Boys and Girls Club of the Muskegon Lakeshore purchase new youth Clubhouse
Youth and teens at the Boys and Girls Club of the Muskegon Lakeshore (BGCML) will soon have a new place to call home. The BGCML board voted unanimously last week to purchase what was previously the Muskegon Community College’s Lakeshore Fitness Center, with plans to turn the space into a rennovated clubhouse for the organization.
The move is part of the Clubhouse Capital Campaign Project, which has already raised more than $4M. It's goal sits at $5.5M.
"The clubhouse campaign isn’t so much about a brick and mortar space. It just happens to be the programs that we do and the programs we reach kids needs a building. It takes a building to run academic programs, it takes a gym to run sports programs," Chief Professional Officer Dakota Crows said.
Since opening in 2015, BGCML has used spaces in local school buildings to serve the estimated 1700 youth they see annually. Crow said by opening the new facility, the organization can double the number of children served.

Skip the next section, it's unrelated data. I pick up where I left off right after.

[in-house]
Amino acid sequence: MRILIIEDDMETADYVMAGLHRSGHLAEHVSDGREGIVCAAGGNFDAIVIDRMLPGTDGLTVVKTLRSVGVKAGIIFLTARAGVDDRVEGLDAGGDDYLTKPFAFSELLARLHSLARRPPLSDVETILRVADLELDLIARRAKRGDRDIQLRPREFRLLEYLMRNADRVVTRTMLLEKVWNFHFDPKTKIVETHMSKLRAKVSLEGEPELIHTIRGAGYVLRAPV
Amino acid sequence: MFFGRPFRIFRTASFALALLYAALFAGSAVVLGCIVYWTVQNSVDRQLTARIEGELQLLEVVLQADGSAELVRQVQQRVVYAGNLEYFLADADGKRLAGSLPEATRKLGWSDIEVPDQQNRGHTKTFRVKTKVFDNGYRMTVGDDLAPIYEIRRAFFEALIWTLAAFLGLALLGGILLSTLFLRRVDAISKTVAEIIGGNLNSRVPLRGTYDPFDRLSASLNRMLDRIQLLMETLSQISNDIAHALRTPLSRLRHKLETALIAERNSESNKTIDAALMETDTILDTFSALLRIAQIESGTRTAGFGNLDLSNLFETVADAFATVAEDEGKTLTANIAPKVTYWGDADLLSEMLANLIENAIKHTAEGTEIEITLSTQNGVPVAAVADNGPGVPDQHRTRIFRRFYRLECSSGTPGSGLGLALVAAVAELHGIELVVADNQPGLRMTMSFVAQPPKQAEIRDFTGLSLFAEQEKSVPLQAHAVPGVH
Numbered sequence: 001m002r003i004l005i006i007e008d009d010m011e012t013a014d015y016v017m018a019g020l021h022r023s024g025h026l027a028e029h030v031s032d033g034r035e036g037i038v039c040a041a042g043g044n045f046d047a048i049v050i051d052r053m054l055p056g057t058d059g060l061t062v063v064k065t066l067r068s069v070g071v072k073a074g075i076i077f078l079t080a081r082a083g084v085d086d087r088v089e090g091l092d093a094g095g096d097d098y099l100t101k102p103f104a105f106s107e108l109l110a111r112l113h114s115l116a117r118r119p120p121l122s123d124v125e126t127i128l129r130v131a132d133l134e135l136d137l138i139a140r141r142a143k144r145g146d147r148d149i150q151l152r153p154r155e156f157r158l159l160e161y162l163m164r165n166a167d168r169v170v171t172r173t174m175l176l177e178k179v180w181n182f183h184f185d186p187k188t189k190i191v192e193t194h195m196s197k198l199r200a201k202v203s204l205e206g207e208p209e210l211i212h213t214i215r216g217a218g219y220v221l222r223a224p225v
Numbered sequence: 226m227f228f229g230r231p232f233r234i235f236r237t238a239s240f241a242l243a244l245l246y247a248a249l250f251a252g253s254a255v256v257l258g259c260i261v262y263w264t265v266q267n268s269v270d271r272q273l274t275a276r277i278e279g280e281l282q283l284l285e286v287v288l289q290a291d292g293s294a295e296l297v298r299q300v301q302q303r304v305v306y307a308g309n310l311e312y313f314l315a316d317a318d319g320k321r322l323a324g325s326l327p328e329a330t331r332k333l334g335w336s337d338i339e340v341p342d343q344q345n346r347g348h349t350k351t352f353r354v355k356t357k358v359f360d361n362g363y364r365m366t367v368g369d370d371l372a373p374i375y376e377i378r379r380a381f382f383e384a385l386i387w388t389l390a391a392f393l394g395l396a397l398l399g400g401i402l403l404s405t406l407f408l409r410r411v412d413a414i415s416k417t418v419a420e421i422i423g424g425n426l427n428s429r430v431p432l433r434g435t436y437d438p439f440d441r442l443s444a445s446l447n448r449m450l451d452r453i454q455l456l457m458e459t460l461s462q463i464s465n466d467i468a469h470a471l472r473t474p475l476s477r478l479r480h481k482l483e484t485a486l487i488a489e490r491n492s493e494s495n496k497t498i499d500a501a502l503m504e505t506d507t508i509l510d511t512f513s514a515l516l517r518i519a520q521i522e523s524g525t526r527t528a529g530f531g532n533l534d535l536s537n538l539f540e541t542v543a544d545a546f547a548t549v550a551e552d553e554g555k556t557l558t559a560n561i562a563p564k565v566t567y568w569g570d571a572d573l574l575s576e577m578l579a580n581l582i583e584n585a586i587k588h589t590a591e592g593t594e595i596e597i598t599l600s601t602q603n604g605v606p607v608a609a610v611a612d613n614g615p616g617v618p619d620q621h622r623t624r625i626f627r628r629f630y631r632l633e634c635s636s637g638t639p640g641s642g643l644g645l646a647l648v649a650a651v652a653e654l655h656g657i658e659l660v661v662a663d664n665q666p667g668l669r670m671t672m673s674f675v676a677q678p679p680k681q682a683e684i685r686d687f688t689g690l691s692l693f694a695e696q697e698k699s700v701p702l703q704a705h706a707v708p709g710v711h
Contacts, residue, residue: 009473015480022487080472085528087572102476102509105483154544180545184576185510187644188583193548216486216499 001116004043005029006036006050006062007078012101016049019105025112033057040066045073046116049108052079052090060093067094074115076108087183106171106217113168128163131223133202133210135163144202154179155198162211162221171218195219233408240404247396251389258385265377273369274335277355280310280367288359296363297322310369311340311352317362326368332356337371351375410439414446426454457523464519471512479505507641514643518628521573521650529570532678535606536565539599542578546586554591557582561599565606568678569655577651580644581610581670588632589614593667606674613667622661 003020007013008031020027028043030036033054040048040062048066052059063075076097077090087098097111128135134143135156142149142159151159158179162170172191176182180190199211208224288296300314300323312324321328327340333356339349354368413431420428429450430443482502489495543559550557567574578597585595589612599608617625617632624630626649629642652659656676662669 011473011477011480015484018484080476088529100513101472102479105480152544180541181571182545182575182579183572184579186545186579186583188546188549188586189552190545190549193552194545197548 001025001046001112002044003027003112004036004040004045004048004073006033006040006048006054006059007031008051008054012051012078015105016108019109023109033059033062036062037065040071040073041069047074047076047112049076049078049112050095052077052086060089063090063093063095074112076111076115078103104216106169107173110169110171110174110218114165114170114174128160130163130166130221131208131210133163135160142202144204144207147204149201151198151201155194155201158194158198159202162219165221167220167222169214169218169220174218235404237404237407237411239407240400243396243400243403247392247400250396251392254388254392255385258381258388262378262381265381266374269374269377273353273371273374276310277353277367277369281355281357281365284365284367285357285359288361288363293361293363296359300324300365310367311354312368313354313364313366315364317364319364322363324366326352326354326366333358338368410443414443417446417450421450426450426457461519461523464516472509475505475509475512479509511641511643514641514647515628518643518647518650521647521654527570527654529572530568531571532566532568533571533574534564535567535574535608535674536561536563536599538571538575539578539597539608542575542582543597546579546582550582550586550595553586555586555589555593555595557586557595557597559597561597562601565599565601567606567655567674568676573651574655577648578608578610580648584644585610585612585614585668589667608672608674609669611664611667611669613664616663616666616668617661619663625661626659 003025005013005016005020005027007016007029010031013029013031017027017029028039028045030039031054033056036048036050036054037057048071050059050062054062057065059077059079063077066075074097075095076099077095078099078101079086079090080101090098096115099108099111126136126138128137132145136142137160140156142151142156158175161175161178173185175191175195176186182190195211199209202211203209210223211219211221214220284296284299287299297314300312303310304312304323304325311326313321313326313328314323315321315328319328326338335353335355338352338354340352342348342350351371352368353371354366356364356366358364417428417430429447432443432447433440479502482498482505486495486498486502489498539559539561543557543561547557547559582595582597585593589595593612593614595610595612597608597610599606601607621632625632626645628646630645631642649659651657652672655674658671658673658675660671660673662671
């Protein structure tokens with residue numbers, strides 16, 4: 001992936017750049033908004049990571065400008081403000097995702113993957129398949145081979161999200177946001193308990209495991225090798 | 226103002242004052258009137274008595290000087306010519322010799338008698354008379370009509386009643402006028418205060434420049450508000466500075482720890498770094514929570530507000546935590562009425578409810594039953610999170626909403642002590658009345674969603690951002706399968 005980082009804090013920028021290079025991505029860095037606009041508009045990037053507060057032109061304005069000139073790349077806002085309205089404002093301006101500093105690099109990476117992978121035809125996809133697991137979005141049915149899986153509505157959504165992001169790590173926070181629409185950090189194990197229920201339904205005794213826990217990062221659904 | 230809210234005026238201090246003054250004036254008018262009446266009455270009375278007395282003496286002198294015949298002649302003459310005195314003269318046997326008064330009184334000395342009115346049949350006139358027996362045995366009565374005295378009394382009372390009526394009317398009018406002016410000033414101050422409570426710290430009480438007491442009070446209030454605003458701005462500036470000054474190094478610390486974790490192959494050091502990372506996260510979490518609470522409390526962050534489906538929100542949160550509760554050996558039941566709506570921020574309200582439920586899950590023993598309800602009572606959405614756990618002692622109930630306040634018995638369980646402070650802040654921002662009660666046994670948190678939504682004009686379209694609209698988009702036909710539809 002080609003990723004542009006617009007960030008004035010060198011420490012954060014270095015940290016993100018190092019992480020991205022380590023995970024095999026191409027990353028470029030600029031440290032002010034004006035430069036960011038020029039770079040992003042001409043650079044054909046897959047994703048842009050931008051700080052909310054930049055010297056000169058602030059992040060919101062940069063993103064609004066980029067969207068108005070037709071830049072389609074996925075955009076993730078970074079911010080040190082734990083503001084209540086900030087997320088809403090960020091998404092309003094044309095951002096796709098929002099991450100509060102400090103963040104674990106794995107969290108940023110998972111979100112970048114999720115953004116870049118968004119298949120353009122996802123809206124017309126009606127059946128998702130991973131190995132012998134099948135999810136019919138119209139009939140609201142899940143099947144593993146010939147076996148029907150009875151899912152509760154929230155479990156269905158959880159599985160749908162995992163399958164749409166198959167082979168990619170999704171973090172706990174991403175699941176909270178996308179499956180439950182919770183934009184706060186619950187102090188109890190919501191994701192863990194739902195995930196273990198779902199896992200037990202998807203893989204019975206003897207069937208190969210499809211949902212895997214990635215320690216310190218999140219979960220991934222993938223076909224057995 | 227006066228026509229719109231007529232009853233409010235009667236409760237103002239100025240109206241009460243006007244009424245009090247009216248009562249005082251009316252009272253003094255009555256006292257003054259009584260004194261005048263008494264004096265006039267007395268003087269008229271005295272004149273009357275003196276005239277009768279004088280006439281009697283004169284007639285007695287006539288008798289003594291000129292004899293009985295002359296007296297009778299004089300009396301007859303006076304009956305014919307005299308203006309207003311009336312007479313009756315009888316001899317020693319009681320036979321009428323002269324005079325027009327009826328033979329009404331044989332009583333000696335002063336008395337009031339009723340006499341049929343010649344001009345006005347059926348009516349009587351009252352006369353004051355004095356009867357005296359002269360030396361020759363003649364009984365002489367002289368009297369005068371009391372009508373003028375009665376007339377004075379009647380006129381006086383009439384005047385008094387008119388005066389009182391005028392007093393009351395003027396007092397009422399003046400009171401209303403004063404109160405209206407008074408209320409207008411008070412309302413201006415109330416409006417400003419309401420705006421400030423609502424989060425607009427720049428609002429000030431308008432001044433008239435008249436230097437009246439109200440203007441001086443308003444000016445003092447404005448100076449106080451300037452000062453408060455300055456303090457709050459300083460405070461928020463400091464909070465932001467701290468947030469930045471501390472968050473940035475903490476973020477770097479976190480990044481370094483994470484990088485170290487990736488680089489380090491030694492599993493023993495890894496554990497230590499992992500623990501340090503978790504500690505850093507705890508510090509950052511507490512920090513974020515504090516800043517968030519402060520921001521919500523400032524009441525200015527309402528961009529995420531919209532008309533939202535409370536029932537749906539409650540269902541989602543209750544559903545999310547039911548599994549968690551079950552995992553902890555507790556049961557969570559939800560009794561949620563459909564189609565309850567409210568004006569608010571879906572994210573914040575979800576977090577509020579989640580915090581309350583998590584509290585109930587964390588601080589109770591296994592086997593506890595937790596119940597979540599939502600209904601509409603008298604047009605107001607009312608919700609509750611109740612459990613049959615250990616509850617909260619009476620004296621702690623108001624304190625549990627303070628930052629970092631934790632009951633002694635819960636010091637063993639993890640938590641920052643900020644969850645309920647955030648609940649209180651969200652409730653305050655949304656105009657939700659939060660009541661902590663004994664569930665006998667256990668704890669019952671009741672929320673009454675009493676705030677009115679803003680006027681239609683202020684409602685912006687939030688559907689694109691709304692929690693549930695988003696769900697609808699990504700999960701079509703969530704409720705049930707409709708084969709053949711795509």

"Our goal is to make those kids feel loved and cared for. Like they have a home, a welcoming home a safe place," he said.
According to a release from BGCML, property rennovations will include, "a new secure entrance and teen zone funded by Shape Corporation, industrial kitchen and cafeteria thanks to support from Hines Corporation, a state-of-the-art STEM Lab inspired by Howmet Aerospace, administrative offices provided by Mike & Kay Olthoff and a world class art studio brought to fruition by Tom DeVoursney."
Other features will include game rooms, academic study areas and lake-front, outdoor recreation areas.
In a 2018 report, the National Youth Outcomes Initiative found more than twice as many Boys and Girls Club members in the U.S. consumed the daily recommended amount of vegetables and fruits as their peers. The same report found program members 16 and older were 41% less likely to get into a physical fight, 40% more likley to be on track to graduate high school on time and 18% more likely to go to college.
"Muskegon County’s always been at the bottom of that overall childhood wellbeing factor that the school count data comes out with. We’re here to change that. We’re really there to stop and help those that you may call statistics. However, they have names, they have faces, they have families they’re kids," Crow explained.
The club said it hopes to begin safely serving youth in the building within the next 90 days during rennovations.